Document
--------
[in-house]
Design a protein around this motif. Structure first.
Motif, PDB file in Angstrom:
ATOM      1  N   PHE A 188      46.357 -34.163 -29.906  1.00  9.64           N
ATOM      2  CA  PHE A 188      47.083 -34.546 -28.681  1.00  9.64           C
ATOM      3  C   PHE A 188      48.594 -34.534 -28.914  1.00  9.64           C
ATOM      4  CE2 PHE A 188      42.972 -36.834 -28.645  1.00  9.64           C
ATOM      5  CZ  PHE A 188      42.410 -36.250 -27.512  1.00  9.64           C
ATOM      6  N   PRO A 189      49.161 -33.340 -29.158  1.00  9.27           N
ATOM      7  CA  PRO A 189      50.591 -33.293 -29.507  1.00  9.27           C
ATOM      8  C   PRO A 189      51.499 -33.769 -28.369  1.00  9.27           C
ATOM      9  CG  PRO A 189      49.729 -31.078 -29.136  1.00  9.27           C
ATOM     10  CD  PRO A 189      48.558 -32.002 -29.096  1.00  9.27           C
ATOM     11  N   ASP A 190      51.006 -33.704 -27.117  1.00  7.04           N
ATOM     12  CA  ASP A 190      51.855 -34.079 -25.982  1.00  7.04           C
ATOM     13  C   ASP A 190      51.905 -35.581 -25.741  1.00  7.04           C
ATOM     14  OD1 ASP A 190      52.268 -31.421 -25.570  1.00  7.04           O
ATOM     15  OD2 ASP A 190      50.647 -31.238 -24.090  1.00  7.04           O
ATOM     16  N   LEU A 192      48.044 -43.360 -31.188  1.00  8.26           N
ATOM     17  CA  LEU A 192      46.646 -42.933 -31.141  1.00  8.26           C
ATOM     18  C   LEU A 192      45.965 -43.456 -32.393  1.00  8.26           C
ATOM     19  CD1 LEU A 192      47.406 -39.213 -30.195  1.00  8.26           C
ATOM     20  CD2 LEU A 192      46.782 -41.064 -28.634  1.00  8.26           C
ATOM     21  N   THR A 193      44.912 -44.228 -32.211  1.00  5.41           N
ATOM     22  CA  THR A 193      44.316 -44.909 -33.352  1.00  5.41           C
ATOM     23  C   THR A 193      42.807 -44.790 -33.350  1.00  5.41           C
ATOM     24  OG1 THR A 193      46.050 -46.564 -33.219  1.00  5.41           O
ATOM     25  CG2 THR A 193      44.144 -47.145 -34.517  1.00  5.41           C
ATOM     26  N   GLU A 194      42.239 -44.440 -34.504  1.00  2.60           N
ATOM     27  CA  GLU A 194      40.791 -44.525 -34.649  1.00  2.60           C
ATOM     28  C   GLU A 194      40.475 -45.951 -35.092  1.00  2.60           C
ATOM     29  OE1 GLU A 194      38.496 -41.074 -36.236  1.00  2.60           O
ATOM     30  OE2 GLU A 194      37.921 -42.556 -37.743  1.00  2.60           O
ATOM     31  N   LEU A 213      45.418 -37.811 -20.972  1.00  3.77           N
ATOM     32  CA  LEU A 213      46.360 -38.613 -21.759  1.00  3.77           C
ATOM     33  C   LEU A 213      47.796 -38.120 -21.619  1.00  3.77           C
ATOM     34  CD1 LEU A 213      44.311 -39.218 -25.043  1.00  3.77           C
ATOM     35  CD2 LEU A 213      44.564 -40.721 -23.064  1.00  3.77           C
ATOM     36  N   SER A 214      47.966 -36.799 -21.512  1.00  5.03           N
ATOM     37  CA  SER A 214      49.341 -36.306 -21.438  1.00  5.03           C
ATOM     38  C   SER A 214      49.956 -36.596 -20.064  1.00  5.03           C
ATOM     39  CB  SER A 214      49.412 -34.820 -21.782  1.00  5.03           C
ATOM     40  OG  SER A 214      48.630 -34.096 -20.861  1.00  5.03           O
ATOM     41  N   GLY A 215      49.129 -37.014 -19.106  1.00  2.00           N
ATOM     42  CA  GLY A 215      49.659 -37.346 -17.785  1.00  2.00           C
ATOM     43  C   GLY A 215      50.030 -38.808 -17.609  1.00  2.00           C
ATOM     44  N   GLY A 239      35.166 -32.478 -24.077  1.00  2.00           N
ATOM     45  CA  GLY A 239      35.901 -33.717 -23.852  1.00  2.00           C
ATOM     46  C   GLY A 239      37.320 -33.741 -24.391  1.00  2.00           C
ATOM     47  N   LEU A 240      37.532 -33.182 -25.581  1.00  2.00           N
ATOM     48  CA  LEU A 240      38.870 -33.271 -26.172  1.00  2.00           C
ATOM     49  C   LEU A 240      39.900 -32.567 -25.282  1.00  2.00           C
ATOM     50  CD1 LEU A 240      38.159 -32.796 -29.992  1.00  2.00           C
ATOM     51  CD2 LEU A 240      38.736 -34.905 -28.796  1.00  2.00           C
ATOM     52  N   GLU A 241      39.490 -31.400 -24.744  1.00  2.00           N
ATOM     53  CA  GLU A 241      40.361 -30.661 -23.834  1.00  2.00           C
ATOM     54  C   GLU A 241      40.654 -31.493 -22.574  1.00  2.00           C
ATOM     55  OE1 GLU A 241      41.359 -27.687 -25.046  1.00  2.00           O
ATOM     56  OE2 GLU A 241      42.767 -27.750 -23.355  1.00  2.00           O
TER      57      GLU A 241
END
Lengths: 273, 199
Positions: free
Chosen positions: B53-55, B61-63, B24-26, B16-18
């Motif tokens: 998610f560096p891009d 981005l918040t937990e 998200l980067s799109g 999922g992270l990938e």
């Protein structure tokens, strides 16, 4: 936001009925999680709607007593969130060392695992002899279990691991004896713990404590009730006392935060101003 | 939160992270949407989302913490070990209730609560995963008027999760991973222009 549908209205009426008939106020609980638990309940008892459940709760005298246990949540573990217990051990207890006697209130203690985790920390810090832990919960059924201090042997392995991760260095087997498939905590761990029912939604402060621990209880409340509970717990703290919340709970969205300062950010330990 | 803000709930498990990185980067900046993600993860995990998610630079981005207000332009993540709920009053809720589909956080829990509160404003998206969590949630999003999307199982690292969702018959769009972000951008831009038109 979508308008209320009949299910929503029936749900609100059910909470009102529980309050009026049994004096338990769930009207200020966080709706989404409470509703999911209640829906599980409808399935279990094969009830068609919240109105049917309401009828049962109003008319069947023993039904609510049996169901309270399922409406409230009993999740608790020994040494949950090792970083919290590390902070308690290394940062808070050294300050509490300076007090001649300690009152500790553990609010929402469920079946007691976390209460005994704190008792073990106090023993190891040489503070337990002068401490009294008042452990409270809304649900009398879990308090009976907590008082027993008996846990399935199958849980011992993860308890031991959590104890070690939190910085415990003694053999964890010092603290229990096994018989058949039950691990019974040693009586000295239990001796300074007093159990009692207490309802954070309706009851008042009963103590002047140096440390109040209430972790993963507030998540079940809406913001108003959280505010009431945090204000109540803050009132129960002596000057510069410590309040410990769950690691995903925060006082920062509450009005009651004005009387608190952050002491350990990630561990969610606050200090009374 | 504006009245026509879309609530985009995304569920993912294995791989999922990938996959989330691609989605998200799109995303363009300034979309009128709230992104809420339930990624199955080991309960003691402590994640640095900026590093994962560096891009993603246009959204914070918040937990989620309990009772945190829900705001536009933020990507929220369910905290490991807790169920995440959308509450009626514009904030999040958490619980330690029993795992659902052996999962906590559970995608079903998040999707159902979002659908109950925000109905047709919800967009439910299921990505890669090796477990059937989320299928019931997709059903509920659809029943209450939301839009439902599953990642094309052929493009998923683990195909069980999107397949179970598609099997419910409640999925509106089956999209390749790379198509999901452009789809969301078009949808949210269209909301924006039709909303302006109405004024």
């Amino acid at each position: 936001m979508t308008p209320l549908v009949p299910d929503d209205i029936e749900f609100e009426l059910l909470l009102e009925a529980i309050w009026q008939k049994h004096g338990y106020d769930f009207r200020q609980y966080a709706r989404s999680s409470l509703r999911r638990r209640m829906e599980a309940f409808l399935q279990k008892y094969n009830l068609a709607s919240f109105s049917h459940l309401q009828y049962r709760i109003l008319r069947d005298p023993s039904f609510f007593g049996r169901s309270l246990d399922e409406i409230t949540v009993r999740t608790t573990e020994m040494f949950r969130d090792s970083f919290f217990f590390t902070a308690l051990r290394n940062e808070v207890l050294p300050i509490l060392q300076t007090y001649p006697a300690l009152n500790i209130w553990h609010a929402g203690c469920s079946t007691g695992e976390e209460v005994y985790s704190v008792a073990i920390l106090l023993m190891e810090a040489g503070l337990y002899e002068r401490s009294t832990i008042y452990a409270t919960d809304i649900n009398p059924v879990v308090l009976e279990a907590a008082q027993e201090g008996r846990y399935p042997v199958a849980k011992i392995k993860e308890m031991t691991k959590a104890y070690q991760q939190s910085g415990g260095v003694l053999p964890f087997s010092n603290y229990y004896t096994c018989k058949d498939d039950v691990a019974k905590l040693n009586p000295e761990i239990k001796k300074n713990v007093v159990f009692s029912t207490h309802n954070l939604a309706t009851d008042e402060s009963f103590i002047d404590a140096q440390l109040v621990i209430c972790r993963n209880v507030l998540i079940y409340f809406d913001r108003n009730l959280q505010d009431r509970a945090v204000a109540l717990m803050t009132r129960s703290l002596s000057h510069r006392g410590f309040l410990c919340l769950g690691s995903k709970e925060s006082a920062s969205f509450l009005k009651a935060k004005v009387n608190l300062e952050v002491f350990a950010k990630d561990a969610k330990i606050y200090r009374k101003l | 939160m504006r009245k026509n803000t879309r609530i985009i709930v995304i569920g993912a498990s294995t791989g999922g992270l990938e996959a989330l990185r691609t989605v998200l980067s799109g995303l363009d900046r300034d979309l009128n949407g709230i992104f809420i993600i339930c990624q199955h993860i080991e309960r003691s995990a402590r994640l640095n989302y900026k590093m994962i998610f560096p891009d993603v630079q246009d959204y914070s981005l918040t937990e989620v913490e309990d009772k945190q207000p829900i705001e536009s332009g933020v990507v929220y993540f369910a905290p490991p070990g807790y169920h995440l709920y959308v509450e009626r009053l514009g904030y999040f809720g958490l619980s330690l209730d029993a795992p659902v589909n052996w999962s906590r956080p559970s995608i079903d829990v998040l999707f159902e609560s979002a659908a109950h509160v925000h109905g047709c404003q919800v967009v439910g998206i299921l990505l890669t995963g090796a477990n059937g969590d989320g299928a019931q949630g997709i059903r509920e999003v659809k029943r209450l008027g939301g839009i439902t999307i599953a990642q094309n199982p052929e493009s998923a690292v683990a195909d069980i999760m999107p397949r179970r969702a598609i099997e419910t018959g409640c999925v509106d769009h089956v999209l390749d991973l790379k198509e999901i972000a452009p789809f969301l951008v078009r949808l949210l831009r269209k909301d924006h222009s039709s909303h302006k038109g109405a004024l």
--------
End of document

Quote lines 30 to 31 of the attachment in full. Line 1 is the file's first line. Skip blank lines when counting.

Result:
ATOM     27  CA  GLU A 194      40.791 -44.525 -34.649  1.00  2.60           C
ATOM     28  C   GLU A 194      40.475 -45.951 -35.092  1.00  2.60           C